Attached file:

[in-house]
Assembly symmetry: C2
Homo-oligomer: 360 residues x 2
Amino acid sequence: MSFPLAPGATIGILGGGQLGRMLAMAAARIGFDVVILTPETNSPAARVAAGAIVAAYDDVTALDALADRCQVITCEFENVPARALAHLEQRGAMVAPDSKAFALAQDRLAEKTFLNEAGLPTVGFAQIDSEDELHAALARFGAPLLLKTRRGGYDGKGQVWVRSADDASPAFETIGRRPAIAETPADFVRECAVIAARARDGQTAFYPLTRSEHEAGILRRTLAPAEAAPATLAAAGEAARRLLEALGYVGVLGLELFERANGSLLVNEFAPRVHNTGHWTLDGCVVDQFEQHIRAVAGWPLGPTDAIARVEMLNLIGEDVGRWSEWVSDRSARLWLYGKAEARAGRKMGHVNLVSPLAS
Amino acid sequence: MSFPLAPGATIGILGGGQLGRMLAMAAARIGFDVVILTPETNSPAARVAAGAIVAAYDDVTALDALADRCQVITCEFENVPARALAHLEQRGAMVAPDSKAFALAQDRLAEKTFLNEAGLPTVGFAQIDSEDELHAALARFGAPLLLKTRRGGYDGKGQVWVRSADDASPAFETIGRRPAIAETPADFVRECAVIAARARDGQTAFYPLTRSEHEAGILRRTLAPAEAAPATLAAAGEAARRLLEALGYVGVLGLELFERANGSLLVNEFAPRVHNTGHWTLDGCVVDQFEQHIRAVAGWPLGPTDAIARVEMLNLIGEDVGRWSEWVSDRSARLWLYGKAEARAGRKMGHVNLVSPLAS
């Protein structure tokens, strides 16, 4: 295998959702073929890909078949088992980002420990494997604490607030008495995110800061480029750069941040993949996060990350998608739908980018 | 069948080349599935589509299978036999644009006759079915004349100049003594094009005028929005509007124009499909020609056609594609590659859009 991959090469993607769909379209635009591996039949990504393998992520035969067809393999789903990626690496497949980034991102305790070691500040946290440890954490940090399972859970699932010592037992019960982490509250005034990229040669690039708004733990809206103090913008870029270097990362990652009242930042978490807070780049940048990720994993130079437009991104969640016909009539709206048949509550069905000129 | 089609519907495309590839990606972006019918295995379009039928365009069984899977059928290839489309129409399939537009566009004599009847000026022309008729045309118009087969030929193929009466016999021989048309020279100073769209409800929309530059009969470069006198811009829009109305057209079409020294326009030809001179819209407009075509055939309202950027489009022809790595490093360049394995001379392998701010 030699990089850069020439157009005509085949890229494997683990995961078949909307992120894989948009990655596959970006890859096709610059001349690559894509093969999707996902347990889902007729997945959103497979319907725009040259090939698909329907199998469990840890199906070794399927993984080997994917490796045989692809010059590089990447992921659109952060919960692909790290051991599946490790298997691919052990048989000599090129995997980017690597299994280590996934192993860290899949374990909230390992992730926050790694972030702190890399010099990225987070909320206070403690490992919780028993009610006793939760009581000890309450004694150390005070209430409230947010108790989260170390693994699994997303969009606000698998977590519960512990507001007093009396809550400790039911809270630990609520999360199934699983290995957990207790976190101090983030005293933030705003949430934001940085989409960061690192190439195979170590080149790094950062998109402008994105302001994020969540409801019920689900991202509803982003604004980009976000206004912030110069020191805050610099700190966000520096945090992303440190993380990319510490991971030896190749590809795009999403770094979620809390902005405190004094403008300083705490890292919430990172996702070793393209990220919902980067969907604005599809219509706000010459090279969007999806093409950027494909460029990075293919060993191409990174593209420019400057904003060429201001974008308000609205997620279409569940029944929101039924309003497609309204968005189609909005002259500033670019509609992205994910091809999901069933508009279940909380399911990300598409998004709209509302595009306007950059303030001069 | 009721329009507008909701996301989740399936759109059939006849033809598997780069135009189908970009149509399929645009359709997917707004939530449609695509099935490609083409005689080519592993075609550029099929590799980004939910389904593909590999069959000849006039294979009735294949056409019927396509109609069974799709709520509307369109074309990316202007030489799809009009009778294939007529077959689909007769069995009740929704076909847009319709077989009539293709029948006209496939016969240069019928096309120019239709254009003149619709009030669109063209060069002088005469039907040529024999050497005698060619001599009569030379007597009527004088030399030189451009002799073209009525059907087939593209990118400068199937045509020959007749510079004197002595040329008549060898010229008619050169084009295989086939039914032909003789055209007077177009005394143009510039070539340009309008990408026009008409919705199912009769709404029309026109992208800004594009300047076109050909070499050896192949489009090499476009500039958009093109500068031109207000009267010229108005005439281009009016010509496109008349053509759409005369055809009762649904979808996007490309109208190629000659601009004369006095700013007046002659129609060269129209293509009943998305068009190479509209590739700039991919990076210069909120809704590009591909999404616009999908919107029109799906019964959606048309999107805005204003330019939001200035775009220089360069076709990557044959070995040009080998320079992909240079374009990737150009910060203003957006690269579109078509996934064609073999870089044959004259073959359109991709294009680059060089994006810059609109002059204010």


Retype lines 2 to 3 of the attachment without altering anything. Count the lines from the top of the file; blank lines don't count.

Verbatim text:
Assembly symmetry: C2
Homo-oligomer: 360 residues x 2